Sixteen years have passed since the United States Supreme Court concluded, in Brown v. Board of Education, that the fourteenth amendment required equality in education for all. Although that historical decision confined itself to abolishing segregation in the public schools, teh fourteenth amendment does not so confine itself. Equality is not the province of the blacks. Equality must be practiced wherever inequality looms large, regardless of race, creed, or cause. In August, 1971, the Supreme Court of California found that unequal wealth distribution in California has resulted in unequal education in the public schools. The court in Serrano v. Priest held that the California public school financing system violates the equal protection clause of the fourteenth amendment. This system "...invidiously discriminates against the poor because it makes the quality of a child's education a function of the wealth of his parents and neighbors."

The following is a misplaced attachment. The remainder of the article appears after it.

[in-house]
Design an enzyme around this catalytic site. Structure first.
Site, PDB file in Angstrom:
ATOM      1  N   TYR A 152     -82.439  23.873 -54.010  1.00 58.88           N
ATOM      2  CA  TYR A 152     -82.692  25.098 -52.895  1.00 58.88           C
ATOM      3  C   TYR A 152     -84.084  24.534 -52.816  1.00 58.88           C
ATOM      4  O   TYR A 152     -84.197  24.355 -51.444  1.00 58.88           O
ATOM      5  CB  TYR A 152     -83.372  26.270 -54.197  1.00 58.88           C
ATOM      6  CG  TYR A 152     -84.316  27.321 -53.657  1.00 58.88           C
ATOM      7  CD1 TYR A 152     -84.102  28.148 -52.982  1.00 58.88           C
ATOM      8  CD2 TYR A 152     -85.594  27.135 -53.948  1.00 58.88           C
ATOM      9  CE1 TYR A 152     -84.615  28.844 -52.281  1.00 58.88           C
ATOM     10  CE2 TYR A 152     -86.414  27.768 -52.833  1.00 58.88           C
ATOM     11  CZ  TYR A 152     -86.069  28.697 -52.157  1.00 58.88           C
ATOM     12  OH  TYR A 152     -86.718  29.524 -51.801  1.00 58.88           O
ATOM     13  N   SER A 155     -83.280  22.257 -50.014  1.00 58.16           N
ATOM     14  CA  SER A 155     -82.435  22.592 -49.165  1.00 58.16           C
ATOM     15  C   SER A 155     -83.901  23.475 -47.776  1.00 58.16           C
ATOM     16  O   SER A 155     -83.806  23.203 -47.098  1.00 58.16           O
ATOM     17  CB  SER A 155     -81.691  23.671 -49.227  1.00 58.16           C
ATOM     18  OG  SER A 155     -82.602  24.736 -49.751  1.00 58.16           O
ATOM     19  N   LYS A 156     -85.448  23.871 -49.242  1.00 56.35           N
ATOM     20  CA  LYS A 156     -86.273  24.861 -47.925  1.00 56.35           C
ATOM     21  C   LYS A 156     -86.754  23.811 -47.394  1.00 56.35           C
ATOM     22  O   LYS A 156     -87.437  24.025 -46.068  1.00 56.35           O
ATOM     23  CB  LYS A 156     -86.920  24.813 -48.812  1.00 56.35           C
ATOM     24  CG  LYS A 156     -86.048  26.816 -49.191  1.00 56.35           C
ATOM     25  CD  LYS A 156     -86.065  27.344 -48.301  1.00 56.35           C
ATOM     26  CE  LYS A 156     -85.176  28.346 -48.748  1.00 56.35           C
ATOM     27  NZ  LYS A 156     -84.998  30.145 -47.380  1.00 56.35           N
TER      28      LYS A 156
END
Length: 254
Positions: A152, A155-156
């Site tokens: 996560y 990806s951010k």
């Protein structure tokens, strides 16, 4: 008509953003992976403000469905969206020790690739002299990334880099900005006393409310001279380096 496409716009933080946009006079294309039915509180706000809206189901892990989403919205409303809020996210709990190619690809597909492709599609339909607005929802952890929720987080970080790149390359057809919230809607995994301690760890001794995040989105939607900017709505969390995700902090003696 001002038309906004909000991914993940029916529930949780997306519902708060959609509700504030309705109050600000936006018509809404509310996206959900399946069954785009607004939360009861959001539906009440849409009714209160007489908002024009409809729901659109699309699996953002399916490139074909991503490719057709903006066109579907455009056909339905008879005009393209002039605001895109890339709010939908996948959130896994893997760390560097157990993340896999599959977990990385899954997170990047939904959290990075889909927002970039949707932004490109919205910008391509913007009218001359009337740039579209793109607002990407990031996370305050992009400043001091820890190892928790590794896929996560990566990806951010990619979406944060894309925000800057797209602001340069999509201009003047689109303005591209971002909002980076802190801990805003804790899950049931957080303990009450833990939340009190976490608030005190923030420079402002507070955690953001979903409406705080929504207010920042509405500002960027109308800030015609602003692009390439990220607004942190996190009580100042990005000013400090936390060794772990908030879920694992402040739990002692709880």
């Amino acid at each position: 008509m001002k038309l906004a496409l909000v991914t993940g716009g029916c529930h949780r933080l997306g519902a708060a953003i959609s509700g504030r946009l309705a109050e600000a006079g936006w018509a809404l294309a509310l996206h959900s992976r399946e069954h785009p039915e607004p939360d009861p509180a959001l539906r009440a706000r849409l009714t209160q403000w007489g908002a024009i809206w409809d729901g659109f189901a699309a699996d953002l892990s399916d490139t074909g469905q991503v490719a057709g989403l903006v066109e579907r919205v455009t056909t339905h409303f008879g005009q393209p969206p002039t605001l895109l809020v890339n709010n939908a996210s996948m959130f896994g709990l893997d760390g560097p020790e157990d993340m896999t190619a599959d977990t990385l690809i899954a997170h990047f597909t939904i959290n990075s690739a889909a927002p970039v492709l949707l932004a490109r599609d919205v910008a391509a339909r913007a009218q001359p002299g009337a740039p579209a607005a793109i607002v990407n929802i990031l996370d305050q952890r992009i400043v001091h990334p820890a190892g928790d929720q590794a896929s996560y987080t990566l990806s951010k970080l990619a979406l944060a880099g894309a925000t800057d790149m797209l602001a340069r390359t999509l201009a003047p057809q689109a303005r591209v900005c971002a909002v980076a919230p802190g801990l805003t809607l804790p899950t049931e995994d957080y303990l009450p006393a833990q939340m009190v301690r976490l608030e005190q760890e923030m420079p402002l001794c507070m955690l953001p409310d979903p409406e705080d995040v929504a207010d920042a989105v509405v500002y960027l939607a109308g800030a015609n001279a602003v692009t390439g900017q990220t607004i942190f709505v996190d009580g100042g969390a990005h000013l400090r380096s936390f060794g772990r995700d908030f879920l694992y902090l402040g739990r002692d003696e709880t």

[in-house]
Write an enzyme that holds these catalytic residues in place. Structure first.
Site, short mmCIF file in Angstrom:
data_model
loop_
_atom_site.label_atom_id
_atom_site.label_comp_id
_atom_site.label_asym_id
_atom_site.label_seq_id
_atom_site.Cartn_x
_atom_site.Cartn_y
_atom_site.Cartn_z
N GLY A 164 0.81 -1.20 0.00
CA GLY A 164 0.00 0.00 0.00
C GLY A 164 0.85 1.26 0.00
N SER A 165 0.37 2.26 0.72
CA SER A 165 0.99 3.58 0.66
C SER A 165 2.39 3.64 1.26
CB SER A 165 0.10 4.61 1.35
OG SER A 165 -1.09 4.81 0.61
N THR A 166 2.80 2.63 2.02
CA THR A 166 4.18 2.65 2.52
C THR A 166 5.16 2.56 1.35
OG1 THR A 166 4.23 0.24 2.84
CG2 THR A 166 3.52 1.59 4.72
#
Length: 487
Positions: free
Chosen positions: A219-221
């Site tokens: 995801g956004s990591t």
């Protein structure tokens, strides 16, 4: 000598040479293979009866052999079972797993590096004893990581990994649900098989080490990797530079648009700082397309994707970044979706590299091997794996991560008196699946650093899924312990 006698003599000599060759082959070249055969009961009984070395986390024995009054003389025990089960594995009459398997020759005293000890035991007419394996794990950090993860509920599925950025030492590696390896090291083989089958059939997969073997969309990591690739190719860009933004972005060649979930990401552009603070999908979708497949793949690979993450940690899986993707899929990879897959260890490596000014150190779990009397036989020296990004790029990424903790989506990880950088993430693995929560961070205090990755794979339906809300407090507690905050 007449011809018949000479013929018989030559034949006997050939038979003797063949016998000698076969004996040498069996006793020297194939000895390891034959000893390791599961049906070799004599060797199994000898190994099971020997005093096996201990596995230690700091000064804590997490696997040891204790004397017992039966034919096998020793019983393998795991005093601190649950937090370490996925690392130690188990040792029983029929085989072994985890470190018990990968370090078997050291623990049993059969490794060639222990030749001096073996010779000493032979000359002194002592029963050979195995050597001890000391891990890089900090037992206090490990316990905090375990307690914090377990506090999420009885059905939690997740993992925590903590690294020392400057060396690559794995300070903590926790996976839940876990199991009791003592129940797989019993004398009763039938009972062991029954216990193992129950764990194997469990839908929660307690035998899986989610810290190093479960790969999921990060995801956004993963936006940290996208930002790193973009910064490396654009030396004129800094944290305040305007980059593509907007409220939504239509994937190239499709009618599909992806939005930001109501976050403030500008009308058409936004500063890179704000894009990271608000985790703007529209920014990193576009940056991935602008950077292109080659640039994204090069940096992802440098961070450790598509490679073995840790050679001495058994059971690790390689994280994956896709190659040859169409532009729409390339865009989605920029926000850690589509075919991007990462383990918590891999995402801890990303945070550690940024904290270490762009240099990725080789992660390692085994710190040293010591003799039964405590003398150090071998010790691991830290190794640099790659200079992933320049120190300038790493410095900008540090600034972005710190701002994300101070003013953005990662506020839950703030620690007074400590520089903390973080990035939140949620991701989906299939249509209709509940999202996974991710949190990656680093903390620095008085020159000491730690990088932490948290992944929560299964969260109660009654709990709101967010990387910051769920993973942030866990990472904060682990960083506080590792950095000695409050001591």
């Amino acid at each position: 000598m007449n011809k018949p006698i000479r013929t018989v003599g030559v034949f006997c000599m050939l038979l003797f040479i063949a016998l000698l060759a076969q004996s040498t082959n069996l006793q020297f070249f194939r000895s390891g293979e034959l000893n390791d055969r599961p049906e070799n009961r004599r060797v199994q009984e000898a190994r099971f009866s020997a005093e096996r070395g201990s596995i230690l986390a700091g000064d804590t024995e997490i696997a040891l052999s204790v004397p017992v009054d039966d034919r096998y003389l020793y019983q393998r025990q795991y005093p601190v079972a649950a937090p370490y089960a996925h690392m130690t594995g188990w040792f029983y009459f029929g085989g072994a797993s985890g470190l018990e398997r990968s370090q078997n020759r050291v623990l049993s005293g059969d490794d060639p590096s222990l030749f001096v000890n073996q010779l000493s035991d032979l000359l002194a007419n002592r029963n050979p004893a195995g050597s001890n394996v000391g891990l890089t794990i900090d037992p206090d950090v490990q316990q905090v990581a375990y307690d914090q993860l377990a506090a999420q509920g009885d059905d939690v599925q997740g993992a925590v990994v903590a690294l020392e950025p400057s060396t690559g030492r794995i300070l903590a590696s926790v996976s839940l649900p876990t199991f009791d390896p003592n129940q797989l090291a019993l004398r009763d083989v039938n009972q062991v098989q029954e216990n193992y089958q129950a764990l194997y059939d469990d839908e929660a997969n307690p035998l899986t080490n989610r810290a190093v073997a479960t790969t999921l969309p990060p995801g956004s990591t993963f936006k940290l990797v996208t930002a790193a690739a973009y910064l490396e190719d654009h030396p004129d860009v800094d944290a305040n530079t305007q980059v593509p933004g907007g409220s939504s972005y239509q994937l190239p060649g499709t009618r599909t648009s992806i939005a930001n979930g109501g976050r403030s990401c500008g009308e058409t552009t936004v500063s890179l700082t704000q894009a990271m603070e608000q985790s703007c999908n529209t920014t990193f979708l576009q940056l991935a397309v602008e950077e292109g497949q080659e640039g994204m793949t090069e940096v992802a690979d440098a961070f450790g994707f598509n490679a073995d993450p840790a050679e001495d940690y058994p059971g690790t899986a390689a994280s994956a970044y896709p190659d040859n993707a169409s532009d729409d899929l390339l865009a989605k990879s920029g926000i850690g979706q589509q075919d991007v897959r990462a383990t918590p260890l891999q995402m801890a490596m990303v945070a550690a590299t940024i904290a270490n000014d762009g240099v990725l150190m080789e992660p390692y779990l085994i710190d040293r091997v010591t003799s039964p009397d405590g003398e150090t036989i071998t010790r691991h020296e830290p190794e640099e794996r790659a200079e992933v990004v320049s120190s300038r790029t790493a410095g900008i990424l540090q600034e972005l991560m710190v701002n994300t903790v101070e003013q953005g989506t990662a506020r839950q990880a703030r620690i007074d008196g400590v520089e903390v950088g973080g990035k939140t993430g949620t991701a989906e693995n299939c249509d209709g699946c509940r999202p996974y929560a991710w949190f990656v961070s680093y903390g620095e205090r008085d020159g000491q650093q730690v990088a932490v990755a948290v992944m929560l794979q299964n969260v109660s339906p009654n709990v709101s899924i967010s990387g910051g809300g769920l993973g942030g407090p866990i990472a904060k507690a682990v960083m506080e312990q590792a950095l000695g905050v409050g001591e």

Alan A. Nadir,
D-Day for Decision-Makers: Considerations for a New Public School Financing System in California,
San Diego L. Rev.
Available at: https://digital.sandiego.edu/sdlr/vol9/iss4/6